Microsoft has begun inviting Xbox Game Pass Ultimate subscribers to test its Xbox Cloud Gaming (xCloud) service on iPhones and iPads today. The service works through web browsers, allowing it to run on PCs and Macs on Edge, Chrome, or Safari as well. We managed to check out this beta early on and see how Xbox Cloud Gaming works on an iPhone or iPad.
The web interface for xCloud (yes, we’ll continue to call it xCloud) is really easy to use. It can be scaled across devices such as the iPhone, iPad, or even a large monitor connected to a PC to provide quick access to games. Microsoft has even added a search interface, something strangely missing from the rival service Google Stadia.
You don’t need to install any apps or extensions; it works natively in Chrome, Safari or Edge. All you need is a compatible USB or Bluetooth controller. Some games even work with Xbox Touch Controls, so there’s no need for a controller if you like to tap the screen to play. I was able to quickly launch games with an Xbox Elite 2 controller paired with an iPhone 11 Pro.
Once you start a game, you have to wait quite a long time for it to actually load. Like xCloud on Android, the backend servers for Microsoft’s Xbox game streaming are actually Xbox One S consoles. This older Xbox hardware isn’t powered by a modern CPU or SSD, so game loading will be affected. However, Microsoft plans to upgrade xCloud servers to Xbox Series X hardware this year.
I’ve only been playing xCloud over the internet for a few hours, so it’s hard to rate the experience, but I’ve certainly run into a lot of connectivity issues, both wirelessly and wired to my desktop PC. Microsoft says it’s working on a routing issue with this beta, but it’s worth pointing out that this is a testing service, and it’s only just launched, so hiccups like this are to be expected.
Once the connection is established, it is very similar to xCloud on Android. It feels like I’m playing on an Xbox in the cloud, and there’s a dashboard that gives me access to friends, party chats, achievements, and game invites. All of this is powered by Xbox Game Pass, so there are over 100 games available – and even some original Xbox and Xbox 360 titles available for streaming.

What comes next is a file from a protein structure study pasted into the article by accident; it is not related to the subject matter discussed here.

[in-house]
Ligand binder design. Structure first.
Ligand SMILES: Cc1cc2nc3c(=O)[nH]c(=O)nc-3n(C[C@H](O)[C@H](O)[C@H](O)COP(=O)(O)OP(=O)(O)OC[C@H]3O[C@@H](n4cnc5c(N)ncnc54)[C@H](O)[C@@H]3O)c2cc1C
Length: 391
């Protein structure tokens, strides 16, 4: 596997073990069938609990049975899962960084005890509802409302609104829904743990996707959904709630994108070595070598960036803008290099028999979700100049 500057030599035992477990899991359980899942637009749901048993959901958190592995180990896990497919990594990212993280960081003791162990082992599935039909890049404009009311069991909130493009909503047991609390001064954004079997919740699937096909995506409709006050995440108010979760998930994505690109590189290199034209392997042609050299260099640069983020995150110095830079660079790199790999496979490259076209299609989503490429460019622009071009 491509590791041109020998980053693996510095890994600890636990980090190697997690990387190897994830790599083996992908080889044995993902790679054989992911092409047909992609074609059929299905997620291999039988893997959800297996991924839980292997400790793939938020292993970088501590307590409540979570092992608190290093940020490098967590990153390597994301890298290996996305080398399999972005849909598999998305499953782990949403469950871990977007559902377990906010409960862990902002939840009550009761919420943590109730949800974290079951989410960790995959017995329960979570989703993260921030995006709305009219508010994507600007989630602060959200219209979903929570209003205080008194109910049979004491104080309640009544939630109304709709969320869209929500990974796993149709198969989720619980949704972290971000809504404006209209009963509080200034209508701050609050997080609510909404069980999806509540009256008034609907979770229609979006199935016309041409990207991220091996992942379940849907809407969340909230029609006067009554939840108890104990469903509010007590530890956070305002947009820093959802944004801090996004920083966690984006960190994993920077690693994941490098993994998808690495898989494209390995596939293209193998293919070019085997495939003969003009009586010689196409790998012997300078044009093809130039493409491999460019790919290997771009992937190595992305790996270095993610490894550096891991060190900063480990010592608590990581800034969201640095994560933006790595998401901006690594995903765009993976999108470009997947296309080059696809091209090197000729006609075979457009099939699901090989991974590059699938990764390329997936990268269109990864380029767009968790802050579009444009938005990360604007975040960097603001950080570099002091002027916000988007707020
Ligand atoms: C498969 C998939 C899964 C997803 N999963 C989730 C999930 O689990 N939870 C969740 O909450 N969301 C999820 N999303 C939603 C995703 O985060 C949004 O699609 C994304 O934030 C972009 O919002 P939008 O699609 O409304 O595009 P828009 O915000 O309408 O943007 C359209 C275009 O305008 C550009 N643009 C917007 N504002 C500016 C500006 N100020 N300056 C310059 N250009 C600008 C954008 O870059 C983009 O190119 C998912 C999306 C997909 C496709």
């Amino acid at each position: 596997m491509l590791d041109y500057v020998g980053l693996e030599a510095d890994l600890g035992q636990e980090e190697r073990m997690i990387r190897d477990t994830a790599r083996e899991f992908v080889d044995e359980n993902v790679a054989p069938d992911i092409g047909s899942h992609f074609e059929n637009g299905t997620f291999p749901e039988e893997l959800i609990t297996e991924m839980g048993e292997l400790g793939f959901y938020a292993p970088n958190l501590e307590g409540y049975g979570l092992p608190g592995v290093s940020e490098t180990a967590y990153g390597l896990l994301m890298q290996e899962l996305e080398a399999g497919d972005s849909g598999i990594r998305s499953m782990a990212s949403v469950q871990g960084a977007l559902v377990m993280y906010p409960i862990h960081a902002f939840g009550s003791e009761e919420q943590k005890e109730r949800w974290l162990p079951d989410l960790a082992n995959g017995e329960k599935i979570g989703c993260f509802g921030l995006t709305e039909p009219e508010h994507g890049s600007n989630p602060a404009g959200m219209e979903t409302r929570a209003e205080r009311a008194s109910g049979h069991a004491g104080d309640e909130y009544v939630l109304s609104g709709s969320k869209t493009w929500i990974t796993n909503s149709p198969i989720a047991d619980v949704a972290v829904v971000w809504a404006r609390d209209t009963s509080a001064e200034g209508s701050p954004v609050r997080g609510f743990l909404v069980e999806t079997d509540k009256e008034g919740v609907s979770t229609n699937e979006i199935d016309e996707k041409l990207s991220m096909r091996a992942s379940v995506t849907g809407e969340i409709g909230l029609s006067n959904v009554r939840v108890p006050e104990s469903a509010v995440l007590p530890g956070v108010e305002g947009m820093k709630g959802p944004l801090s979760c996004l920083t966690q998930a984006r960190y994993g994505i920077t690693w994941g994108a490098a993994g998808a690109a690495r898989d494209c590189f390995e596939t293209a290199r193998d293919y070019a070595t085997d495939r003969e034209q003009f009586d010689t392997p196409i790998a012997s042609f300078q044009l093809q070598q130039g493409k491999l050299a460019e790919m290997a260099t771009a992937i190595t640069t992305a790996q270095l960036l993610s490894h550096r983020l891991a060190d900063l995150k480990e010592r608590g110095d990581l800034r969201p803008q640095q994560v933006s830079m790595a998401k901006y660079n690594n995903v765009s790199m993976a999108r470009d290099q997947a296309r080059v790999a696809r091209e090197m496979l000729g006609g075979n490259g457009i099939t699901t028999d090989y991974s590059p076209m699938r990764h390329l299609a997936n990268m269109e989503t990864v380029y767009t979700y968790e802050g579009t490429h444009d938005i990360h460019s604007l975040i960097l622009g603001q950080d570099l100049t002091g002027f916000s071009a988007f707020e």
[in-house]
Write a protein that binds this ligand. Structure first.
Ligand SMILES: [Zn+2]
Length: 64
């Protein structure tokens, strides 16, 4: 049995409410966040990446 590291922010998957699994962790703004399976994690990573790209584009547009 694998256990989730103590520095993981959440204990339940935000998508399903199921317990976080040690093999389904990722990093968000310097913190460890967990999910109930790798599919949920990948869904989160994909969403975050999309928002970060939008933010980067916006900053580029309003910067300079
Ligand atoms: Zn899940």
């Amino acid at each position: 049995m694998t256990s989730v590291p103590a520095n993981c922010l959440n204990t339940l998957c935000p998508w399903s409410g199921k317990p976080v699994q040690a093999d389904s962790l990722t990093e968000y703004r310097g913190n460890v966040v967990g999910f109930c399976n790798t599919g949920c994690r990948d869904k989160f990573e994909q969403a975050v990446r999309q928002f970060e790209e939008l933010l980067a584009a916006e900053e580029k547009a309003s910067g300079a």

Microsoft hasn’t said when the company plans to roll this out more widely, but given the early connectivity issues, there is clearly some work to be done until the web version is available to everyone. Still, it’s impressive how well this scales on multiple devices and the ability to stream Xbox games to almost any device with a Chromium or Safari browser.
I have also tried this xCloud browser version in the new Edge app for Xbox consoles, but it is not fully supported yet. Both the service and the browser are currently in early beta, so full support may come at a later date. Regardless, I imagine xCloud will arrive on Xbox consoles due to the ability to quickly stream a game while you wait for it to download in the background. That’s really where xCloud makes sense on a console that can already play Xbox games.
This browser-based version of xCloud also opens the service to many more possibilities. Xbox chief Phil Spencer has previously hinted at TV streaming sticks for xCloud, and Microsoft has already committed to bringing the service to Facebook Gaming at some point. It’s easy to imagine Xbox Game Streaming apps for smart TVs, along with the ability to access the service from web browsers to ensure almost any device can access an Xbox Game Pass subscription. That’s clearly Microsoft’s goal here, and this beta feels like just the beginning.